Pizzagate and the Luciferian Agenda

On 7th April, I presented a paper at the CenSAMM conference, Violence and Millenarian Movements, at the Panacea Trust in Bedford. My paper was entitled Pizzagate and the Luciferian Agenda, and you can watch the whole thing below. Here’s the abstract:

In November and December 2016, online accusations of a paedophile ring operating out of a Washington pizza restaurant led to the arrest of Edgar Welch (28) after threatening staff and firing several shots in an apparent attempt to liberate “child sex slaves”. This panic, known as pizzagate, began when leaked emails from Hillary Clinton’s aide, Mike Podesta, were suggested to contain coded language by a number of users on web forums, who began to elaborate upon the narrative until it was widely taken as evidence of a nationwide satanic paedophile ring involving numerous politicians and other power brokers. It is rare is for a conspiracy theory such as this to escalate into violence so quickly, but two things are of particular interest here. First, this ties into the satanic ritual abuse scare of the early 1990s – a phenomenon intimately tied to a Manichaean understanding of the world promoted by certain evangelical millenarian Christians. These ideas have been nurtured and promoted by high-profile independent broadcasters such as Alex Jones, for whom they are part of a sweeping millennial narrative in which a global (and sometimes cosmic) cabal of Luciferians seek to decimate the world’s population and enslave the remains.

I recorded three interviews which will appear on the Religious Studies Project in future, and a full report will appear in the BASR Bulletin next month.

[Updated 28/04/2017 – higher quality video added.]

6 thoughts on “Pizzagate and the Luciferian Agenda

  1. Ravn Thor April 17, 2017 / 10:42 pm

    It’s interesting how pedophiles and child abuse are a reoccurring theme within these conspiracy narratives. The Satanic Panic of the ’80s never went away. David Wilcock, David Icke, and Alex Jones are all hocking this fear-mongering claim. I wish these people cared more about the legit $32 billion-a-year industry that is on the rise in the US rather than this imaginary claim in order to bolster views, listeners, and clicks.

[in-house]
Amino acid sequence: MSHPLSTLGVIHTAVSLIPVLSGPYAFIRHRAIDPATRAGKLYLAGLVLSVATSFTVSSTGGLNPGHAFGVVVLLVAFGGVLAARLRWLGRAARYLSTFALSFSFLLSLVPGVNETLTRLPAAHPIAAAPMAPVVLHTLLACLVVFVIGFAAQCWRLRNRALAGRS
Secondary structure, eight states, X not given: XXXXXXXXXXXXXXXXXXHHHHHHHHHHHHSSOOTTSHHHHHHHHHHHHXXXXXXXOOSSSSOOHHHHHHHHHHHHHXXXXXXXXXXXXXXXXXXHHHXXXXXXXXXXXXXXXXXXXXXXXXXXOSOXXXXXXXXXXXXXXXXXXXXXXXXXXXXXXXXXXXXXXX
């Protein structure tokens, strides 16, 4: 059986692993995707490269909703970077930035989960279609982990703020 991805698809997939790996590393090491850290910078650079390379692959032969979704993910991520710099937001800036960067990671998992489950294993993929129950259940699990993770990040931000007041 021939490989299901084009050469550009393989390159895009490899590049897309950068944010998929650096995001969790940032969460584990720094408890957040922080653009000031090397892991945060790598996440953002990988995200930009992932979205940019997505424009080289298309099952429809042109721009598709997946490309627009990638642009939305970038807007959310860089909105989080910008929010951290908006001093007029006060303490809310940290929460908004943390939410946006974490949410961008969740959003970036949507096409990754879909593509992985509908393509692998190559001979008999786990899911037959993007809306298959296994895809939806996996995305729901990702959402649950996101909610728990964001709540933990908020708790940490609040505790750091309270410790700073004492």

(Source: Rather than working with organizations that fight exploitation, they go after make-believe monsters in order to feed their own agenda. And in turn line their pockets through sales of books, films, speaking engagements, and so on.

  2. Ravn Thor April 18, 2017 / 3:26 am

    Great presentation, by the way! Thank you for uploading this.

    • adamkadmon April 18, 2017 / 8:07 am

      Thanks Ravn! I do agree with you, though I think it’s important to note that this stuff comes from a good place – they are genuinely concerned for children. It’s just that they take problematic testimony at face value. It’s similar to how some start off with legitimate concerns about state secrecy and foreign policy but end up focusing on reptilians.

  3. Ravn Thor April 18, 2017 / 7:06 pm

    I was wondering if you could link some more information about that Government misinformation campaign within the UFO community? I remember watching the documentary Mirage Men that talked about that sort of thing.